WASHINGTON - Law enforcement in cities nationwide are facing unprecedented levels of criticism in the wake of George Floyd’s death at the hands of police.
In recent weeks, calls to defund the police have reached the nation’s capital – and they’ve reached the ears of the D.C. council, who are calling for millions in cuts to the department’s budget.
On Thursday morning, D.C. Police Chief Pete Newsham countered that the need for police has never been greater.
The shooting death of 11-year-old Davon McNeal during a community cookout last week served as a troubling reminder of gun violence in the District – and that was just one of a number of shooting incidents that have kept police busy.
According to Newsham, D.C. police have responded to 148 shootings, and 31 murders since the death of George Floyd.
“If we talk about emergencies in our city, I would say that the level of gun violence that we’re seeing in Washington, D.C. is very, very troubling,” the chief said.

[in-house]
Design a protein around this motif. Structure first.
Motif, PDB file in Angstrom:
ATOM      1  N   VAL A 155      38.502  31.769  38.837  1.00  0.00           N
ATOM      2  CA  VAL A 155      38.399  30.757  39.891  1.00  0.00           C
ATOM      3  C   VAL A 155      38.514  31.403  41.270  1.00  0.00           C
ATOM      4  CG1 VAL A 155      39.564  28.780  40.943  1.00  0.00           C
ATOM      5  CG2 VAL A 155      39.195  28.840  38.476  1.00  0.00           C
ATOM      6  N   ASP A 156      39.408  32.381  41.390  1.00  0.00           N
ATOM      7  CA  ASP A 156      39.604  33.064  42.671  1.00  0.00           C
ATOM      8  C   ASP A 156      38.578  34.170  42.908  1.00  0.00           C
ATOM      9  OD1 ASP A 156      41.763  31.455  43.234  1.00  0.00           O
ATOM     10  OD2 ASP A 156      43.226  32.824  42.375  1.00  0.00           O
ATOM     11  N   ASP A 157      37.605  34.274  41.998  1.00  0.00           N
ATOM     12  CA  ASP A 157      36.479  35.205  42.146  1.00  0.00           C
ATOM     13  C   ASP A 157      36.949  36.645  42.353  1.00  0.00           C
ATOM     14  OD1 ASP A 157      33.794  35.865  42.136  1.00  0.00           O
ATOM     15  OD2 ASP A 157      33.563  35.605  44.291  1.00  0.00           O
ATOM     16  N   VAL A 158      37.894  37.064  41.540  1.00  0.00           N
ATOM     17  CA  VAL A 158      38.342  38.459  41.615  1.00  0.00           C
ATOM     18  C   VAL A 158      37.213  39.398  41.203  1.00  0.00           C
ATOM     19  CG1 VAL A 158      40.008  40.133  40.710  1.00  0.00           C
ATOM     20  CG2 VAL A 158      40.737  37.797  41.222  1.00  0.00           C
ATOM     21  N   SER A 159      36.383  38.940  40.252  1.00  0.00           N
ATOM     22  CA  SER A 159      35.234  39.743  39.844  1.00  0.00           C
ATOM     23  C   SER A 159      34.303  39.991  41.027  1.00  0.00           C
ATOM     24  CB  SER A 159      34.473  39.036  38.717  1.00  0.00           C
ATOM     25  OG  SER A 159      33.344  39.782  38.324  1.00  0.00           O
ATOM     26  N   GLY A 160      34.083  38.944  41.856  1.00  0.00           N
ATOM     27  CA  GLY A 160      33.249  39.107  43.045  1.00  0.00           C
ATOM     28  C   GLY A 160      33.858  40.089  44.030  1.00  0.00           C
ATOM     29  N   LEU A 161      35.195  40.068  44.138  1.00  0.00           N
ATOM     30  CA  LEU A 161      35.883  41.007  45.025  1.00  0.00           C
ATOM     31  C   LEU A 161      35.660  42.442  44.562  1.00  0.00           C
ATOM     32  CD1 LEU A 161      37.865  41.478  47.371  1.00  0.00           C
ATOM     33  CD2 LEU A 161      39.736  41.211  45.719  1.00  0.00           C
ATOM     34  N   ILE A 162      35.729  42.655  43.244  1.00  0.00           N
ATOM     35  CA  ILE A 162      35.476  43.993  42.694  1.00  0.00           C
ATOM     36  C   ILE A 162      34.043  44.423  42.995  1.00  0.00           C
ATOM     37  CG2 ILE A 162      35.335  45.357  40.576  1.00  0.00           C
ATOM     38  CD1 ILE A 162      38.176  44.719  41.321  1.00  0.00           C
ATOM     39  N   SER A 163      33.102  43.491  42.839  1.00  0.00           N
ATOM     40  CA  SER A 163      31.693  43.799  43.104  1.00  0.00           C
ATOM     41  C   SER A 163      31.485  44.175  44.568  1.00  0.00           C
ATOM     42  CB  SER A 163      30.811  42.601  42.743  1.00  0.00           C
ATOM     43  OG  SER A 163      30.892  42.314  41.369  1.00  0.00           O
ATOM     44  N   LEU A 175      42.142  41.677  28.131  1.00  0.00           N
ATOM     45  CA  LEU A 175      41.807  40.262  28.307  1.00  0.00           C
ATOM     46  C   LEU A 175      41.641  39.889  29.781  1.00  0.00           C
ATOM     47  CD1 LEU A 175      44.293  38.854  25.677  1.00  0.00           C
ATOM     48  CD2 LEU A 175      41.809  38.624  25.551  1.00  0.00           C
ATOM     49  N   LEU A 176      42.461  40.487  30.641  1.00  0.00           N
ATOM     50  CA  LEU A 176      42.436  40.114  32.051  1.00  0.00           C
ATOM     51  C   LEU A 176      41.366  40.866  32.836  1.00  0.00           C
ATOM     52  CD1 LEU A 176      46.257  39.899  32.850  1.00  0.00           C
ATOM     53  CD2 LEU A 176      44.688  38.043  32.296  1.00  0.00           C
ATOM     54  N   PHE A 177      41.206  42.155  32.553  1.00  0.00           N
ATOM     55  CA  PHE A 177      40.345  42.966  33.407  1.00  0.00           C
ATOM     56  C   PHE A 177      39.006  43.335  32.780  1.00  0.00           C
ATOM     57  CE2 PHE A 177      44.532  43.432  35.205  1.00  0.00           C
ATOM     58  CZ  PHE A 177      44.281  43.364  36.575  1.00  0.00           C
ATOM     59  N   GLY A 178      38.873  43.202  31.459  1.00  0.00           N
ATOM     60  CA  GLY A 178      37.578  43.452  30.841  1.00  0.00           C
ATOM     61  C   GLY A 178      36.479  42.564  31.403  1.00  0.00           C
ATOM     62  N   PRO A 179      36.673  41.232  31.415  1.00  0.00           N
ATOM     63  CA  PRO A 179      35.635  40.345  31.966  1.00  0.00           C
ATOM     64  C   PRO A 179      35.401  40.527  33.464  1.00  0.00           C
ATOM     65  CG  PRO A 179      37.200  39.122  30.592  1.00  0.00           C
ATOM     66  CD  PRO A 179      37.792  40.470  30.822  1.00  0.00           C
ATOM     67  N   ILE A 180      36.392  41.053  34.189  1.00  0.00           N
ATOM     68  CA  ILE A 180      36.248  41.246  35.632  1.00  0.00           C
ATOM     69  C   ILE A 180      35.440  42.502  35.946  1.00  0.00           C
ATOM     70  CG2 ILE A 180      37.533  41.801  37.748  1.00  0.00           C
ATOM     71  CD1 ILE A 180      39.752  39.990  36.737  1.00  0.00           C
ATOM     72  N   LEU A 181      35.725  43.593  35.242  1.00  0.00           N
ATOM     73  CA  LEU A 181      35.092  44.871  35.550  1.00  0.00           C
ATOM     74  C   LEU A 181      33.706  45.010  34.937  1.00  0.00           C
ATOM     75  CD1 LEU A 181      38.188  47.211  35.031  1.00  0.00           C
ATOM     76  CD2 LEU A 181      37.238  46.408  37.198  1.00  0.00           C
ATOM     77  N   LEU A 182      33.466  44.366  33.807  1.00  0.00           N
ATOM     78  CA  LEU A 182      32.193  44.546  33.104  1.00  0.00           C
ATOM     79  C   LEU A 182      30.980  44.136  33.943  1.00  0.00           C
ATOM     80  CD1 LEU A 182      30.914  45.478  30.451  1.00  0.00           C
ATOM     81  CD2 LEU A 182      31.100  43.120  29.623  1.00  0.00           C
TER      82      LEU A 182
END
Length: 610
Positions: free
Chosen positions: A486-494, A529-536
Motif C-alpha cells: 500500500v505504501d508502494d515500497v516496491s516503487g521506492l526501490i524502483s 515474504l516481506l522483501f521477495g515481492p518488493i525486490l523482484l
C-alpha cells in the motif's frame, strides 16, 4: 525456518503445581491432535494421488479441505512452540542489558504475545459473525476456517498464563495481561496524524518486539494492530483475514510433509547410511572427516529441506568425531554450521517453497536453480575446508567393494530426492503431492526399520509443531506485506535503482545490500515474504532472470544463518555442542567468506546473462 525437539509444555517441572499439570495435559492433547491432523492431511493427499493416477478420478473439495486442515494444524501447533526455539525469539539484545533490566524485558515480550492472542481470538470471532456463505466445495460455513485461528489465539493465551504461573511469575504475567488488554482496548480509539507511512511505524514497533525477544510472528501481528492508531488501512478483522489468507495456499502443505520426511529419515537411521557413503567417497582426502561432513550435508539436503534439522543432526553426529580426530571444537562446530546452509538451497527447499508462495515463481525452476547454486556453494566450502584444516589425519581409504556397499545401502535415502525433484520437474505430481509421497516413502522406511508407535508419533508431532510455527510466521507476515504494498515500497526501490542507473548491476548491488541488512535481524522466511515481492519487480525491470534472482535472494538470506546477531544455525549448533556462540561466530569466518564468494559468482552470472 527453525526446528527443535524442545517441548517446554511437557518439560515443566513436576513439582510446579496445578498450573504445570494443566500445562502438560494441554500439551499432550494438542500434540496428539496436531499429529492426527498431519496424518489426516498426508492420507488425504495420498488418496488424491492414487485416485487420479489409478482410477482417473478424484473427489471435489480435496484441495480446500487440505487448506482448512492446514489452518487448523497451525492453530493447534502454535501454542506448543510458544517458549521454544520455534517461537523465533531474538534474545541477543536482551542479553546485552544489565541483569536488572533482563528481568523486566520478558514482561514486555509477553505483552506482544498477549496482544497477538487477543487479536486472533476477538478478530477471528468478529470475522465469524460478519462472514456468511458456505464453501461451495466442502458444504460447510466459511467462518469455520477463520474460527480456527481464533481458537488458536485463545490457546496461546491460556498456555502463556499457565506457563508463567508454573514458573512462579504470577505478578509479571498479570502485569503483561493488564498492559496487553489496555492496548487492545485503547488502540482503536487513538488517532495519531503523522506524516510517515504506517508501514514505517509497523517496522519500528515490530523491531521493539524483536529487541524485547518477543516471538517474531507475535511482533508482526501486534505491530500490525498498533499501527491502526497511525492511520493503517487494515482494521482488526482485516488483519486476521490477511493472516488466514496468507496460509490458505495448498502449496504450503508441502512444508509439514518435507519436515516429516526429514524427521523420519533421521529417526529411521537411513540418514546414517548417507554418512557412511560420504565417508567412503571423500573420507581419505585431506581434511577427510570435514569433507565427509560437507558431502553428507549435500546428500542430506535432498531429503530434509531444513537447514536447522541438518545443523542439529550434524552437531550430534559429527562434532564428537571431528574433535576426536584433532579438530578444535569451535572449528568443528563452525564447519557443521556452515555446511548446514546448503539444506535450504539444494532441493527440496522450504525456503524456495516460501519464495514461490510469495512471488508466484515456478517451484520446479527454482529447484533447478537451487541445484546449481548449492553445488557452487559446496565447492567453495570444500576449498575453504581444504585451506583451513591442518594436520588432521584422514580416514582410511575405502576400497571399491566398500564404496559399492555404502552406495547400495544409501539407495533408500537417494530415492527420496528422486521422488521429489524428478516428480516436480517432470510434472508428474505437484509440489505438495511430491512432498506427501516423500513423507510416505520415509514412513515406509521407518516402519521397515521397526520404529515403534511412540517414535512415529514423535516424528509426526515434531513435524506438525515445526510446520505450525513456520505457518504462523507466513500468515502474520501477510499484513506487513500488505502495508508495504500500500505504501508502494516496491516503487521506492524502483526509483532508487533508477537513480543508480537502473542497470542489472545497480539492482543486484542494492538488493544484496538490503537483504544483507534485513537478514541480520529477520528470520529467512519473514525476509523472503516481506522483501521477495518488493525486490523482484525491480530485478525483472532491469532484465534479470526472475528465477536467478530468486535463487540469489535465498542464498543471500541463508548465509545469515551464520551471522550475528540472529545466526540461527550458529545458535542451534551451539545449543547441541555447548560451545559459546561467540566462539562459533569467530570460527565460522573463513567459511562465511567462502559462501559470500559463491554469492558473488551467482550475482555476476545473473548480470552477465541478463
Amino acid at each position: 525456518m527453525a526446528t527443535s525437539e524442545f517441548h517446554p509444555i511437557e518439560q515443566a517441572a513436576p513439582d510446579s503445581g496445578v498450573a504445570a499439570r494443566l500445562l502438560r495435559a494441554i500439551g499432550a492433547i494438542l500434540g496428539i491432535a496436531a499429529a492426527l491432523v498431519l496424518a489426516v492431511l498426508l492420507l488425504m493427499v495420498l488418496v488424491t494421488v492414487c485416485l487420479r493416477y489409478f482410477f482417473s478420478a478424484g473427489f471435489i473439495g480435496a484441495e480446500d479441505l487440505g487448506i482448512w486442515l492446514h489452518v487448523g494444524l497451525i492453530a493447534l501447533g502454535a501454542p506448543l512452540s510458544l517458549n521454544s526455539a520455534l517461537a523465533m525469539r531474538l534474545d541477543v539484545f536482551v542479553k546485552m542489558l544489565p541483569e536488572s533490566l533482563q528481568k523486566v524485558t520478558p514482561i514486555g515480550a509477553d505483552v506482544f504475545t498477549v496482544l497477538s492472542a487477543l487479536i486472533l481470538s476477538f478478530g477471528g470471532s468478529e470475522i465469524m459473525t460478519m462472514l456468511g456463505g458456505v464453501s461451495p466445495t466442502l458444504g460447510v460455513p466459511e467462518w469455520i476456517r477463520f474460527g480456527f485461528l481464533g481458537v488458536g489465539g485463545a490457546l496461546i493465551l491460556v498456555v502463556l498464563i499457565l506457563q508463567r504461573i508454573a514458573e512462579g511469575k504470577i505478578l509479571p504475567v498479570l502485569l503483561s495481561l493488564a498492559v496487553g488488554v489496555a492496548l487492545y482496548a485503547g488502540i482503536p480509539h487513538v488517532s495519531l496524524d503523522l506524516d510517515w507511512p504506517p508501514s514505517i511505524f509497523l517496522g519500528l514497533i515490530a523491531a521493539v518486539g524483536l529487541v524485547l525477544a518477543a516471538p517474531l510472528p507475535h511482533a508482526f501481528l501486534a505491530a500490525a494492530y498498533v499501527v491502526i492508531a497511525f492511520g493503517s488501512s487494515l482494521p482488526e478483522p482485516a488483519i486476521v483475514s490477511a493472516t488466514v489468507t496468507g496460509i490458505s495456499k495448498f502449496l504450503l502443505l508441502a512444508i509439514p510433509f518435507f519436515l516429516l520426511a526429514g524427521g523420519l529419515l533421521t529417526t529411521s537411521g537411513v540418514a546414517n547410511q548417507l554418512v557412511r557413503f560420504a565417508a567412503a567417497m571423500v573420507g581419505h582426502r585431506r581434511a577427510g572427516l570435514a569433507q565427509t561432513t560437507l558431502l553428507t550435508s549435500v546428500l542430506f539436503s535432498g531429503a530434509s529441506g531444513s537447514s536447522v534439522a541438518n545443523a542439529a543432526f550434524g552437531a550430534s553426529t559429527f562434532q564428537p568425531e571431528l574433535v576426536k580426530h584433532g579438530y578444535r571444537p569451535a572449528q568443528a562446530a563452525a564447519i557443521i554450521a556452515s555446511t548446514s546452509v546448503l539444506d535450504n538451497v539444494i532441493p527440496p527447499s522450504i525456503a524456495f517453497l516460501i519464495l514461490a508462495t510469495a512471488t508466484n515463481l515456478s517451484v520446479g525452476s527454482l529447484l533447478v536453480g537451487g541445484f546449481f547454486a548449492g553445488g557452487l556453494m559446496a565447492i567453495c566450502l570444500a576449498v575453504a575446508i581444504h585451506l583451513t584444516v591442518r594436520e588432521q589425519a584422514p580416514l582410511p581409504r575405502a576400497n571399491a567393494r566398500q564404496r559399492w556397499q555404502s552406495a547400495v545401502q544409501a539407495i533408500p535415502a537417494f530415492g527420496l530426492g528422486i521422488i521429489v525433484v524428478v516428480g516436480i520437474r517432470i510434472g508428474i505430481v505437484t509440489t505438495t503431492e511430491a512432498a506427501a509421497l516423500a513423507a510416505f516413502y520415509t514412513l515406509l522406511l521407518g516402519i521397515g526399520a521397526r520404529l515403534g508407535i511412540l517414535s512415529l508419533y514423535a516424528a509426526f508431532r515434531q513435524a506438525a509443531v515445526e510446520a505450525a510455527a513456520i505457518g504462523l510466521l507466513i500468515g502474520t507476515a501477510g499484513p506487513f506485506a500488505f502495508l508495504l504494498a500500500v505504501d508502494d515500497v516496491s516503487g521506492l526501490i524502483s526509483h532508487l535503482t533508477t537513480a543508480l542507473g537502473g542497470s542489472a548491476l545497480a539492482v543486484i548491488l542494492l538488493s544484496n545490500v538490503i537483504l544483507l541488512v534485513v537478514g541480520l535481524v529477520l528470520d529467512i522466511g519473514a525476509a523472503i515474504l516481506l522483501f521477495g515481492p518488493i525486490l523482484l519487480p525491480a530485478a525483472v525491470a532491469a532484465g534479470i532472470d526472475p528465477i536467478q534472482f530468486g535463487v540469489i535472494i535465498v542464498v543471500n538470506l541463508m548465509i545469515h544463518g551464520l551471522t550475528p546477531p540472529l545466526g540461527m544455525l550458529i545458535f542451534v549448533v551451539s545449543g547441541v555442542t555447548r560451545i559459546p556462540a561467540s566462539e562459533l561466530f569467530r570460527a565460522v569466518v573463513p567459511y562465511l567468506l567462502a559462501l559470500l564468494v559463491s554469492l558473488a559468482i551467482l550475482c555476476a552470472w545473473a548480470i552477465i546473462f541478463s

Mayor Muriel Bower says she is opposed to defunding the police, despite the council’s moves.
“The mayor has been very thoughtful in funding a number of different groups to assist with public safety in the District of Columbia. One of those groups that I think most reasonable people realize is the police department,” Newsham said.
The chief said, however, that the police department’s funding has increased “at a much slower rate than a lot of other groups that provide services.”
Newsham says he agrees with some of the calls for police reform.
“It’s something that we applaud. It’s something that we have been a part of for the better part of the past 20 years,” he said.
But the chief does not believe that slashing the police department’s budget or personnel will help prompt more reforms.
“I would call for an increase in the police department. The folks over at the council disagree,” the chief said.